The Resurrection (Piero della Francesca)
|Artist||Piero della Francesca|
|Dimensions||225 cm × 200 cm (89 in × 79 in)|
|Location||Museo Civico, Sansepolcro|
Piero was commissioned to paint the fresco for the Gothic-style Residenza, the communal meeting hall which was used solely by Conservatori, the chief magistrates and governors, who before starting their councils, would pray before the image. "The secular and spiritual meanings of the painting were always intimately intertwined." Placed high on the interior wall facing the entrance, the fresco has for its subject an allusion to the name of the city (meaning "Holy Sepulchre"), derived from the presence of two relics of the Holy Sepulchre carried by two pilgrims in the 9th century. Piero's Christ is also present on the town's Coat of Arms.
Jesus is in the centre of the composition, portrayed in the moment of his resurrection, as suggested by the position of the leg on the parapet of his tomb, which Piero renders as a classical sarcophagus. His stern, impassive figure, depicted in an iconic and abstract fixity (and described by Aldous Huxley as "athletic"), rises over four sleeping soldiers, representing the difference between the human and the divine spheres (or the death, defeated by Christ's light). His figure in the commune's council hall "both protects the judge and purifies the judged" according to Marilyn Aronberg Lavin.
The landscape, immersed in the dawn light, has also a symbolic value: the contrast between the flourishing young trees on the right and the bare mature ones on the left alludes to the renovation of men through the Resurrection's light.
Andrew Graham-Dixon notes that apart from the wound, Christ's "body is as perfectly sculpted and as blemish-free as that of an antique statue. But there are touches of intense humanity about him too: the unidealised, almost coarse-featured face; and those three folds of skin that wrinkle at his belly as he raises his left leg. Piero emphasises his twofold nature, as both man and God."
The guard holding the lance is depicted sitting in an anatomically impossible pose, and appears to have no legs. Piero probably left them out so as not to break the balance of the composition.
According to tradition and by comparison with the woodcut illustrating Vasari's Lives of the Painters, the sleeping soldier in brown armor on Christ's right is a self-portrait of Piero. The contact between the soldier's head and the pole of the banner carried by Christ is supposed to represent his contact with the divinity.
The composition is unusual in that it contains two vanishing points. One is in the center of the sarcophagus, because the faces of the guards are seen from below, and the other is in Jesus's face. The top of the sarcophagus forms a boundary between the two points of view, and the steepness of the hills prevents the transition between the two points of view from being too jarring.
Sansepolcro was spared much damage during World War 2 when British artillery officer Tony Clarke defied orders and held back from using his troop's guns to shell the town. Although Clarke had never seen the fresco, his diary records his shock at the destruction in Monte Cassino and, apparently remembering where he had read of Sansepolcro, ordered his men to hold fire just as methodical shelling had begun. Clarke had read Huxley's 1925 essay describing the Resurrection, which states: "It stands there before us in entire and actual splendour, the greatest picture in the world." It was later ascertained that the Germans had already retreated from the area — the bombardment had not been necessary, though Clarke had not known this when he ordered the shelling stopped. The town, along with its famous painting, survived. When the events of the episode eventually became clear, Clarke was lauded as a local hero and to this day a street in Sansepolcro bears his name.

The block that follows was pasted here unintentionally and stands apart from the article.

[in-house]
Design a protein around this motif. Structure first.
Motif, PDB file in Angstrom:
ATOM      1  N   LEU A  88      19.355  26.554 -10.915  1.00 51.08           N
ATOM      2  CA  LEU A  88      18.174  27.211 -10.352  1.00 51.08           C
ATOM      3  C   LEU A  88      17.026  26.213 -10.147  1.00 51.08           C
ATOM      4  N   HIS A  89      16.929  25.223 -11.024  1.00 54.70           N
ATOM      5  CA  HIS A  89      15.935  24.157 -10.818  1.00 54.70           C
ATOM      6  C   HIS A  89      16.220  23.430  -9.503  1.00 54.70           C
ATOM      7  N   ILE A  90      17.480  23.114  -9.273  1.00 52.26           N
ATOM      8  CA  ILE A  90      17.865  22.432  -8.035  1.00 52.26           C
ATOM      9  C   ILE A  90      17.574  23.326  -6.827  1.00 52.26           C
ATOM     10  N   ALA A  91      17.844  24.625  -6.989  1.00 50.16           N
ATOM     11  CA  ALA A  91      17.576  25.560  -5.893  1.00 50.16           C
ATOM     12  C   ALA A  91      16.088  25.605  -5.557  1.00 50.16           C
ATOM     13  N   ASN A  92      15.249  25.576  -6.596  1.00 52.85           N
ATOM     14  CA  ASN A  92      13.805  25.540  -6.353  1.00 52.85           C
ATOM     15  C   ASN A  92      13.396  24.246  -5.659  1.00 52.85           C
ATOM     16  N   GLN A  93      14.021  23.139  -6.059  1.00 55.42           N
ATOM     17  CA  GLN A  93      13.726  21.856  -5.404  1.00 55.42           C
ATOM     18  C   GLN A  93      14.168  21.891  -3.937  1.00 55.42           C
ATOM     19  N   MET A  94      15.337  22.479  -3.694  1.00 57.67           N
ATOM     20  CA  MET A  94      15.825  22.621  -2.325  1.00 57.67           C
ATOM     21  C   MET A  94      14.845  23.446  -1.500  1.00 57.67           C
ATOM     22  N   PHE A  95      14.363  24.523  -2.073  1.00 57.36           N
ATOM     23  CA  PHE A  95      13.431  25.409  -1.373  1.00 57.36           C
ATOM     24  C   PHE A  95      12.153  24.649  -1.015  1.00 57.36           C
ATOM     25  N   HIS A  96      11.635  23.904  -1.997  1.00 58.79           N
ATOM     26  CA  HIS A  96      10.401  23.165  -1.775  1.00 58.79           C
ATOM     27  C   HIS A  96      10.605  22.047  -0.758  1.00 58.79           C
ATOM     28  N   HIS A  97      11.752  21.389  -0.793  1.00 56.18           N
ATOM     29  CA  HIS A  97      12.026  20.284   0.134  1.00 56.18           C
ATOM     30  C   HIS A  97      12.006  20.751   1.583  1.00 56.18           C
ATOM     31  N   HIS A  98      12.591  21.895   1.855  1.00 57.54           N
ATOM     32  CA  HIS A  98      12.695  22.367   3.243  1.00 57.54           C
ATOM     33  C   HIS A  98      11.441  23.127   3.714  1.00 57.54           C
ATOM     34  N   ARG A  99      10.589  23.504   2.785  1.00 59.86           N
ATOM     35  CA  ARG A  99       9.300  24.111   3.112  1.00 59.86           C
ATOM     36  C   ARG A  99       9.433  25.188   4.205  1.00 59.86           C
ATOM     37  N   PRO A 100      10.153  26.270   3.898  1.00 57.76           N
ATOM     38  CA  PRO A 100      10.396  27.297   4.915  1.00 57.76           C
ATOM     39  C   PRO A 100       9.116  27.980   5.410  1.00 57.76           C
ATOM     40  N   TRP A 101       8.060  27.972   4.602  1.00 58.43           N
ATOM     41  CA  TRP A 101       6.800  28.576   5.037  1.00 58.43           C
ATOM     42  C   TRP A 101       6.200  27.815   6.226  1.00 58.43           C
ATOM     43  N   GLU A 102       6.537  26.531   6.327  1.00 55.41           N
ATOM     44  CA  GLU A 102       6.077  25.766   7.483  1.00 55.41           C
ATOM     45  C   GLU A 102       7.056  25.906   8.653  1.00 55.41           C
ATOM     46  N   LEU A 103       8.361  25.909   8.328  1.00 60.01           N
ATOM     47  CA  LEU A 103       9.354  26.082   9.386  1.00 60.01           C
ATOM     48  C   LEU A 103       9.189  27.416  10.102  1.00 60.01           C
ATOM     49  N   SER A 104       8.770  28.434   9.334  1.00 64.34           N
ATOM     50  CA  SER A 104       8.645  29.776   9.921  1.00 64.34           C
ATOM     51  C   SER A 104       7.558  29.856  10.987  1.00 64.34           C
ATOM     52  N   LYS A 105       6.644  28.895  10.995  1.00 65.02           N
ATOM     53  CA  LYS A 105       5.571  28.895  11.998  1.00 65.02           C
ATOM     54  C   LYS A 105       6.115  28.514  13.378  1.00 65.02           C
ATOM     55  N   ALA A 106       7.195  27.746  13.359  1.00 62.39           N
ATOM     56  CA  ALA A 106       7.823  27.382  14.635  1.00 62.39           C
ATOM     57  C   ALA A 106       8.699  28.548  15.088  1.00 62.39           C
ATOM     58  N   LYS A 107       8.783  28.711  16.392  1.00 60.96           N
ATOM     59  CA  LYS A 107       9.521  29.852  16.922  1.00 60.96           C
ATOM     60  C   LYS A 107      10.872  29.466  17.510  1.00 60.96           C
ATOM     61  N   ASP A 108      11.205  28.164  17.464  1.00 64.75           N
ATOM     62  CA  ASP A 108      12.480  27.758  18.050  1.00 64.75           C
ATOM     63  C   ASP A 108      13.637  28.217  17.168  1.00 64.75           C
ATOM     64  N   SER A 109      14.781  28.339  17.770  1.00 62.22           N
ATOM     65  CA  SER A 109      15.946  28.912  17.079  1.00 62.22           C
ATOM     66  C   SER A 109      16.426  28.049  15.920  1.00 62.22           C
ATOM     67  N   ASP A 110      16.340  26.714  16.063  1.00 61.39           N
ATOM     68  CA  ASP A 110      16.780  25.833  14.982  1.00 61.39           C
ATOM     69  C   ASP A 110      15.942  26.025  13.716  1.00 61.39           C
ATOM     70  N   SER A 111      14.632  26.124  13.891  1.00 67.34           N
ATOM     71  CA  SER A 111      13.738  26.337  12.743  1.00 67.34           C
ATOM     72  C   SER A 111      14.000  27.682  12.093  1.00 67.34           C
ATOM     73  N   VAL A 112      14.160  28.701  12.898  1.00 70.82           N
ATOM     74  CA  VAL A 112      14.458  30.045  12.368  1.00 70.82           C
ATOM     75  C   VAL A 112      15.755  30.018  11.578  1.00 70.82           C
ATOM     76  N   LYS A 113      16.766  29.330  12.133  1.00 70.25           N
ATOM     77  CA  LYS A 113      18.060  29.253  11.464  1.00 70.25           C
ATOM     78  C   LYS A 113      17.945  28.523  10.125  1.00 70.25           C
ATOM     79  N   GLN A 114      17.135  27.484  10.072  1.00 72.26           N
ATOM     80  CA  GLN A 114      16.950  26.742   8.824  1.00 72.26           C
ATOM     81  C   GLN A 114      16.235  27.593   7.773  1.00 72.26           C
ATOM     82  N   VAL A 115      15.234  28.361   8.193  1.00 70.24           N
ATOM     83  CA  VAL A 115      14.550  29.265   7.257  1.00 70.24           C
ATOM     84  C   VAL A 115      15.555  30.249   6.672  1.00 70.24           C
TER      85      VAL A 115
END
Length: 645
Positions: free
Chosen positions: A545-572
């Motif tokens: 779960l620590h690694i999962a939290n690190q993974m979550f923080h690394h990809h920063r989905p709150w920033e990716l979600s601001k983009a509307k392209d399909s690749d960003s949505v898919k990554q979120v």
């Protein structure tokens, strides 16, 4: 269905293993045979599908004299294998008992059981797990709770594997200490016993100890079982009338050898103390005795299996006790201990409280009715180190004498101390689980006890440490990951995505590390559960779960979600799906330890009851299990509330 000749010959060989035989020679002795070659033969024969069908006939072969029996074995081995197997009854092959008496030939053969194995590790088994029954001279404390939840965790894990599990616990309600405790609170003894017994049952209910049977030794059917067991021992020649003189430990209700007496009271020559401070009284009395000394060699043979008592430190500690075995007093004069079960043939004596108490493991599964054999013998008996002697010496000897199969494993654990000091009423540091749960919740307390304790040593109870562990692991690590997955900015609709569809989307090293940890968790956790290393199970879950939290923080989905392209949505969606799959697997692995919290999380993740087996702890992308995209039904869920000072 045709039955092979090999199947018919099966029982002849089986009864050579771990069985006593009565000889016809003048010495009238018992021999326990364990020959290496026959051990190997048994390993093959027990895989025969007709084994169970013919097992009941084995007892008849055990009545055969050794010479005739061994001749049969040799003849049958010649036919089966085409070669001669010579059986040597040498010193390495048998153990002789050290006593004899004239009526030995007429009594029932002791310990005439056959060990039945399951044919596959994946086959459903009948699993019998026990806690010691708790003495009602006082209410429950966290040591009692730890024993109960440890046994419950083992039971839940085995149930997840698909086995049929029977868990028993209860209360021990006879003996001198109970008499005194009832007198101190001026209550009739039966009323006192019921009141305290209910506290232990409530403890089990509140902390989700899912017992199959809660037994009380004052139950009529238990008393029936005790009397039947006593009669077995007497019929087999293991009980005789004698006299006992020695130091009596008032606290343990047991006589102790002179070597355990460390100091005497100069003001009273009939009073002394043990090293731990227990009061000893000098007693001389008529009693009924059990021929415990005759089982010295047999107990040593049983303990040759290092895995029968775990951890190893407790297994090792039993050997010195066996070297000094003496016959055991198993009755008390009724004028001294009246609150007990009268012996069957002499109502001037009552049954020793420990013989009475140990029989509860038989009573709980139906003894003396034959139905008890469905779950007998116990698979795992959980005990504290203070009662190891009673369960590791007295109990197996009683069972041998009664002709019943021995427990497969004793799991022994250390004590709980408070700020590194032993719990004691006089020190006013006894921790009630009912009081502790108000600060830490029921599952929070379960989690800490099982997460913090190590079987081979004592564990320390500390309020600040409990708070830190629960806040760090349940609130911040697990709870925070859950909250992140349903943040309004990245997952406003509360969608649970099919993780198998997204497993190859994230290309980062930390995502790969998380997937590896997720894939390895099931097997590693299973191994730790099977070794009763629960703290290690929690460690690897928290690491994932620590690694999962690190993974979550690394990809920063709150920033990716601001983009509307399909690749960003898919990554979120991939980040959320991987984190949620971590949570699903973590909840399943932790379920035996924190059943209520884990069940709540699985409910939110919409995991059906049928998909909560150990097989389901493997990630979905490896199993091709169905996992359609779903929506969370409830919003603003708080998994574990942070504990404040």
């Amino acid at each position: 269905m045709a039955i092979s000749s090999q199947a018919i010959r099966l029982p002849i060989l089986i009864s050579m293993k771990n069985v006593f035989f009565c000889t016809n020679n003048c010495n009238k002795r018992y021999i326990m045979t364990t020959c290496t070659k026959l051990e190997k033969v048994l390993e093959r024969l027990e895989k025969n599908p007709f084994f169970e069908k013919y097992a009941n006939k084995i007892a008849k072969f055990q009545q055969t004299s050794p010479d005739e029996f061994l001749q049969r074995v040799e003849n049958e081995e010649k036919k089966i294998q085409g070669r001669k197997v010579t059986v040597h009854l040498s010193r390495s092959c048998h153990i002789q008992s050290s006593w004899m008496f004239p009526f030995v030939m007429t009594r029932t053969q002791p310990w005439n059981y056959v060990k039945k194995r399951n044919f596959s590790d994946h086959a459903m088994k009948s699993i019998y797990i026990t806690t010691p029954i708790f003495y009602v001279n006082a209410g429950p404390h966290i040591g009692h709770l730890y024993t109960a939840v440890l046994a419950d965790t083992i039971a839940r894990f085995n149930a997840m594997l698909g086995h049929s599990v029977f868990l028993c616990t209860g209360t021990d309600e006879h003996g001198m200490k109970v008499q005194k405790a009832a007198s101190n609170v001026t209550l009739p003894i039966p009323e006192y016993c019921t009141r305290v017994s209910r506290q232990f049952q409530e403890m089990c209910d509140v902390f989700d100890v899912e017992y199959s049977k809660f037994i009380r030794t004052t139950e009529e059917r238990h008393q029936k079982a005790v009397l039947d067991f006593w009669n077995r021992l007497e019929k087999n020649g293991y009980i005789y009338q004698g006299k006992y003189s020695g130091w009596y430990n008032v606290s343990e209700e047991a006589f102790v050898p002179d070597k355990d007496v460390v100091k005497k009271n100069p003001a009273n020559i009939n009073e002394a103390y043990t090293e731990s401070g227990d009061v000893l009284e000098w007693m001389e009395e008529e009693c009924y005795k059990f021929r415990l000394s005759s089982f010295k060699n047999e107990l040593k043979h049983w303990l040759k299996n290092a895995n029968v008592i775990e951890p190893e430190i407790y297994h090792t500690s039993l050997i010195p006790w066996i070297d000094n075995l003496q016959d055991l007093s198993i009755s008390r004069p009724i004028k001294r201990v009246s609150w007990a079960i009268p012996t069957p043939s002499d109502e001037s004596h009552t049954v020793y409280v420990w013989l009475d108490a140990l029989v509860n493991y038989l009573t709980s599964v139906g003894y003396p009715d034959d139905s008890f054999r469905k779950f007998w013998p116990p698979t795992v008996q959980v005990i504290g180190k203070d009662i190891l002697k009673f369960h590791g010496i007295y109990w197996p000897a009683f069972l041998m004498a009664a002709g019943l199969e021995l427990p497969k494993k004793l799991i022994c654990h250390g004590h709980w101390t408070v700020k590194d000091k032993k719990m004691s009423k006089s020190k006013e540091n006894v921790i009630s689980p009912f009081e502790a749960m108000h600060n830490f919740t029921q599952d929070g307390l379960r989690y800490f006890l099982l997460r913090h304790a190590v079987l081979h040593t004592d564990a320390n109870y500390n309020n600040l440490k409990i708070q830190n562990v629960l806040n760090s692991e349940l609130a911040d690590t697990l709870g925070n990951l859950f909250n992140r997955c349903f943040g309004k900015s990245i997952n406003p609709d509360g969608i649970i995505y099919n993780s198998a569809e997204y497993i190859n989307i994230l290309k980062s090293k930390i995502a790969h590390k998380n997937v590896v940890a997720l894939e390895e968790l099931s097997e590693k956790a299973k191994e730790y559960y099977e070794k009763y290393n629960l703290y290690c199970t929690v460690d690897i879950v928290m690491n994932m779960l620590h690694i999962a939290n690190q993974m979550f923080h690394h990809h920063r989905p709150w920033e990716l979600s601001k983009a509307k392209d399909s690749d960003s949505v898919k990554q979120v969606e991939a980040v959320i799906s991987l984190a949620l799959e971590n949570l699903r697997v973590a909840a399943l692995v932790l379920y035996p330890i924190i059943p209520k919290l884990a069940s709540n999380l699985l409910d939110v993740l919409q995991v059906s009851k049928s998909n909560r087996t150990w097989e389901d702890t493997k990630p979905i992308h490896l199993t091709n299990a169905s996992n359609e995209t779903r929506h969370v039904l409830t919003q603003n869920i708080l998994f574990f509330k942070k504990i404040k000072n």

- The residenza was returned by Florentine authorities to the citizens of Sansepolcro, Tuscany, in 1459 as a sign of the restoration of some measure of autonomy to the Borgo. Dates as given in Marilyn Aronberg Lavin, 2002. Piero della Francesca 234ff: "a document of 1474 concerning structural repairs to the building mentions the painting".
- In moving of the fresco, an inscription was lost (Lavin 2002:241).
- A large chunk of stone stands in the lower right hand of the fresco. "and thus we are told to recognize this stone as the founding relic carried here from the Holy Land by Saints Arcano and Egidio" (Lavin 2002:243).
- Lavin 2002:244.
- The Private Life of a Masterpiece – Piero della Francesca's "The Resurrection" (2006). Quote: "You are totally absorbed into reality, in a way, of the image, and you don't notice – it's perfectly true – that one of the guards has no legs. The arrangement of the guards is so perfect, so clever, so symmetrical, so balanced – in terms of colour, in terms of form – that actually the fact that he's got no room to put these legs in ceases to be important, and you don't notice for ages and ages and ages that he's legless."
- The banner of a red cross on a white field was a convention observed by both Andrea Mantegna (in his San Zeno altarpiece) and Giovanni Bellini (in his Resurrection in Berlin); illustrations, for example, in Lavin, 2002, figs 154, 155.
- Kline, Morris (1953). Mathematics in Western Culture. Great Britain: Pelican. p. 166.
- Huxley, Aldous. "The Best Picture" Archived 2013-04-18 at the Wayback Machine, 1925.
- Butcher, Tim (24 December 2011). "The man who saved The Resurrection". BBC News. Retrieved 24 February 2012.
- Zuggi, Stefano (1991). Piero della Francesca. Milan: Elemond.
- Manescalchi, Roberto (2008). Il Cristo Risorto di Piero immagini rare e desuete. Sansepolcro: Aboca Museum.
- Manescalchi, Roberto (2008). Amintore Fanfani e Giulio Gambassi, Il Cristo Risorto di Piero della Francesca: Una battaglia per l’arte. Firenze: Grafica European Center of Fine Arts.